Scientists from Institut National de la Recherche Agronomique in France
together with partners in Italy reported single and multiple gene
mutagenesis using stably transformed plants. The findings are published in
Plant Cell Reports.
The team used two different CRISPR-Cas9 vectors allowing the expression of
multiple guide RNAs and various techniques to knockout either independent or
paralogous genes. They generated 12 plasmids that represent 28 various
single guide RNAs (sgRNAs) to target 20 genes. For 18 of the target genes,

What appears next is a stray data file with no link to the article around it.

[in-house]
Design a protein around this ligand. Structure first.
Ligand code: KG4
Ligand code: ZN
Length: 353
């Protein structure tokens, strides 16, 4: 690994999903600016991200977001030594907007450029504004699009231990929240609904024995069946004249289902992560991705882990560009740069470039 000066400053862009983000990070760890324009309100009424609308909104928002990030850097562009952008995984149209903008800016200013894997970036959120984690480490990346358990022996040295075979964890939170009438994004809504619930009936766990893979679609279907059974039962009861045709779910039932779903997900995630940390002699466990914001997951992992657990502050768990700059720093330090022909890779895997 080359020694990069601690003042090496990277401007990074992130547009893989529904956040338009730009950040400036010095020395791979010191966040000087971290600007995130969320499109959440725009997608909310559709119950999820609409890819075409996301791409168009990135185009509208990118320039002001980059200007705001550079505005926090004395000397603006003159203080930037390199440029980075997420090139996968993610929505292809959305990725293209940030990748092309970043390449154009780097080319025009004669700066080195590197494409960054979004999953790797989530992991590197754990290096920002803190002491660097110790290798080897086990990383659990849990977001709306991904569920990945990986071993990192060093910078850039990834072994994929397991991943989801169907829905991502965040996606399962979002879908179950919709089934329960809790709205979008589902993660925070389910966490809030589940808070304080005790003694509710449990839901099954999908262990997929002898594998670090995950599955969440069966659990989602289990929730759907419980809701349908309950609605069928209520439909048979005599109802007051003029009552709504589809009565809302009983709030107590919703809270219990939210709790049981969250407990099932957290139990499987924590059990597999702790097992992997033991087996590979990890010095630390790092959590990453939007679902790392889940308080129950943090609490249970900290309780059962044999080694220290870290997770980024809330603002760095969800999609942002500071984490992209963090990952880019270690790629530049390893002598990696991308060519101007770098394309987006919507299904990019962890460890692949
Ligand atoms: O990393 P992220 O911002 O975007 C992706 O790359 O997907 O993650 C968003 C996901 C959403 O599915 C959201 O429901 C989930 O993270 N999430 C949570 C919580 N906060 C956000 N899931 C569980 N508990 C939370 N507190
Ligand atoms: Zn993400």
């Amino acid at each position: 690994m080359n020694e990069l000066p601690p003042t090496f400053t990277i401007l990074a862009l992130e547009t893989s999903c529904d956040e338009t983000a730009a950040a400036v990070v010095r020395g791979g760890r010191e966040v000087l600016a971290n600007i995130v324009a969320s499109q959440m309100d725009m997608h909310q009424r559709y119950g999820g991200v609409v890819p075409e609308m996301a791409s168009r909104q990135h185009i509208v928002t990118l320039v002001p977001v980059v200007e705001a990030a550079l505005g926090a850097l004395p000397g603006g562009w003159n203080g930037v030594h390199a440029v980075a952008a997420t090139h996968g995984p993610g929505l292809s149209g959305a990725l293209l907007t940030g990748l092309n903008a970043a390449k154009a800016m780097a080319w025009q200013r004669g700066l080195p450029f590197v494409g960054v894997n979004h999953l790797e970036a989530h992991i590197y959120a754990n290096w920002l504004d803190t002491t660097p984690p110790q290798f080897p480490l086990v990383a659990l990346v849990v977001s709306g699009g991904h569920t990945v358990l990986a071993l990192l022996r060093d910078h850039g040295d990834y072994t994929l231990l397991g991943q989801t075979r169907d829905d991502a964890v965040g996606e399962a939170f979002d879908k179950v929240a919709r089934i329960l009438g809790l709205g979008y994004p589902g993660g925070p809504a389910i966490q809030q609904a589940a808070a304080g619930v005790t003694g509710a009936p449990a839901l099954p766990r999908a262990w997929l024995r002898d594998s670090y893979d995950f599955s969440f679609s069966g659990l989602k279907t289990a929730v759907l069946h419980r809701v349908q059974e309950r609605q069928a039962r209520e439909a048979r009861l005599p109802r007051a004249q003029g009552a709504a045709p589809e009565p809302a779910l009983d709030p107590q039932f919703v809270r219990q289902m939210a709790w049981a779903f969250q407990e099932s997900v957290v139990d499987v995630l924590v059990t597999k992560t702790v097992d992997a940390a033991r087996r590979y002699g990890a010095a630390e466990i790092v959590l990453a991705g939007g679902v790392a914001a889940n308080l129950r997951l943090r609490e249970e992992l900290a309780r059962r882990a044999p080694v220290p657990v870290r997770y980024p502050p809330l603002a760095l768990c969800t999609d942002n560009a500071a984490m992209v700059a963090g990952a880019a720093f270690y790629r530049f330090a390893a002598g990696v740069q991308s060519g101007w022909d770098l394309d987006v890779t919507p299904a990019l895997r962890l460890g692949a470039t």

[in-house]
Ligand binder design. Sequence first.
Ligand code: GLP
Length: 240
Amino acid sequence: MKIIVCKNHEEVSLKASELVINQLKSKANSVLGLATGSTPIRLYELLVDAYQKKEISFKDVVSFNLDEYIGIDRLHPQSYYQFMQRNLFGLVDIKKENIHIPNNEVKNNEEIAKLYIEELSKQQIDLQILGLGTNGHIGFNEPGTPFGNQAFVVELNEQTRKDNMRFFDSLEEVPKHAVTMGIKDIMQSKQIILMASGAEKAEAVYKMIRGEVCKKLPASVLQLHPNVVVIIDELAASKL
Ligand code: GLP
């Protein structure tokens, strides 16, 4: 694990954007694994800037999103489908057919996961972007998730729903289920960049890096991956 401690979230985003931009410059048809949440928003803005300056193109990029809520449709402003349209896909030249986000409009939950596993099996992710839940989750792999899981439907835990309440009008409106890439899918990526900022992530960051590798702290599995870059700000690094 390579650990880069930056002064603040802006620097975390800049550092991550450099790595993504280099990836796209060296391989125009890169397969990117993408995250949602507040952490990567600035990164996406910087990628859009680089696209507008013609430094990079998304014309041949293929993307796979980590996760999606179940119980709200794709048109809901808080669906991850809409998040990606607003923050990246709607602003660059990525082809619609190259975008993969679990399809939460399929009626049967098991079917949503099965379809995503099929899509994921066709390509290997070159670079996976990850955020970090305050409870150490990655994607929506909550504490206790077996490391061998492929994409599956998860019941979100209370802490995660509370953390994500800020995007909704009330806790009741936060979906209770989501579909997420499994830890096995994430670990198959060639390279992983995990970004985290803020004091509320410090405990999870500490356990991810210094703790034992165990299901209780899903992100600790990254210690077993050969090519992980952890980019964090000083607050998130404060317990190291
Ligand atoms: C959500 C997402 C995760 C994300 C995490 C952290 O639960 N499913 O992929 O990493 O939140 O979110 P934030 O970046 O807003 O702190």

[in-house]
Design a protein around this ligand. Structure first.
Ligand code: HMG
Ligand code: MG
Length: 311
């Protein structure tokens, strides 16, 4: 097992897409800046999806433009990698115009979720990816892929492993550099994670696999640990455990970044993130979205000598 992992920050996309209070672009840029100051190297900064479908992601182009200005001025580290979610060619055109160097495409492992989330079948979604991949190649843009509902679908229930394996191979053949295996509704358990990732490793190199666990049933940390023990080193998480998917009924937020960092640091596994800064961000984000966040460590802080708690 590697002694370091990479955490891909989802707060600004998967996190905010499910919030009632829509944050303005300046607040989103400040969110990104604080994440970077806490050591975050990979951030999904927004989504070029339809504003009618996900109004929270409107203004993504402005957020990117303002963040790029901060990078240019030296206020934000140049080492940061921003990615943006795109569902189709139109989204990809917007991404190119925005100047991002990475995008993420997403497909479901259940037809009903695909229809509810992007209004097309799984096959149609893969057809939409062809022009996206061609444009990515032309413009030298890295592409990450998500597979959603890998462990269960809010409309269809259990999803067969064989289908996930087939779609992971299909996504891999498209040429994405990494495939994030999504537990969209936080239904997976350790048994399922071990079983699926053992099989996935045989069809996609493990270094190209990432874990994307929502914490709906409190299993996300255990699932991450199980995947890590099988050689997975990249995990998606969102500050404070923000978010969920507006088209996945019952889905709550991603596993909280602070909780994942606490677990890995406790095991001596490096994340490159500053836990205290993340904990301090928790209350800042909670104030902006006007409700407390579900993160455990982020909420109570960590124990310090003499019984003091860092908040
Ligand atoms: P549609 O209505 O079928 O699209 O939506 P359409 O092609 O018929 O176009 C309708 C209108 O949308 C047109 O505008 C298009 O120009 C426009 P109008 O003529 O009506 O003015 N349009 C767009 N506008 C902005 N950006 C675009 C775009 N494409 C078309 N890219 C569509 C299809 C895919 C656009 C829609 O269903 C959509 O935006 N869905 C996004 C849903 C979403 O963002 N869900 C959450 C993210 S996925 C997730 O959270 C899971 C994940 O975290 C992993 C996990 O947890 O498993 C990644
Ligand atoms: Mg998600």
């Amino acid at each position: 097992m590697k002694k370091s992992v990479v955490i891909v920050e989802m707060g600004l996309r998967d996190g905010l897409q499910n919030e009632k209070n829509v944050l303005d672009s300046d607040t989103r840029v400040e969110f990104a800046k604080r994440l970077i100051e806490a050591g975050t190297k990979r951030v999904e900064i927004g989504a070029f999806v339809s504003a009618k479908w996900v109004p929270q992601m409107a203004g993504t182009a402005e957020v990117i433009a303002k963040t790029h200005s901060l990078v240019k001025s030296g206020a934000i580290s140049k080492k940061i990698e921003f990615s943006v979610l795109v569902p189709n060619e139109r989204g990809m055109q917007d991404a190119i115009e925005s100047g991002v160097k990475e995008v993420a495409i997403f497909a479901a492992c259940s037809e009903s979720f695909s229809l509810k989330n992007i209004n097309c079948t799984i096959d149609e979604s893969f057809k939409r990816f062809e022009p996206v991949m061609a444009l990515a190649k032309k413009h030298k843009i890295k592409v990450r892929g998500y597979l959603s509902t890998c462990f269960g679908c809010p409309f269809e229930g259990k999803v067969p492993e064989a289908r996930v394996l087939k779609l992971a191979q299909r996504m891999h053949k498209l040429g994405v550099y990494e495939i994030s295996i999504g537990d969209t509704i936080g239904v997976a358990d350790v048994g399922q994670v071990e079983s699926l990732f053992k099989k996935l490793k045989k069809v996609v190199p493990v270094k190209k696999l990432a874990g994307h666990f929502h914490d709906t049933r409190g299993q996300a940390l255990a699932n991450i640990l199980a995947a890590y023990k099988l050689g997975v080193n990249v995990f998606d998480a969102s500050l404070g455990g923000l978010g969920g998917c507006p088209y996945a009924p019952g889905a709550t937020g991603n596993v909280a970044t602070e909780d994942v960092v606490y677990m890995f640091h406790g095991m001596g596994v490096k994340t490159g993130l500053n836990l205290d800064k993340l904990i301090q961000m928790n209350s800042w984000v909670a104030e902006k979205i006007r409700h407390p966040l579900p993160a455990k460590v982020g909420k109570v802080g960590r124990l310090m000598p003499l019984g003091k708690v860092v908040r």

at least one mutant allele was obtained, while two genes were recalcitrant
to sequence editing.
It was observed that there were small insertions or deletions of less than
ten nucleotides, regardless of whether the gene was targeted by one or more
sgRNAs. They also found deletions of defined regions located between the
target sites of two guide RNAs. Furthermore, double and triple mutants were
created in a single step, which is important for functional analysis of
genes with strong genetic linkage. Tests also showed that the majority (85%)
were fully edited plants transmitting systematically all detected mutations
to the next generation, generally following Mendelian segregation.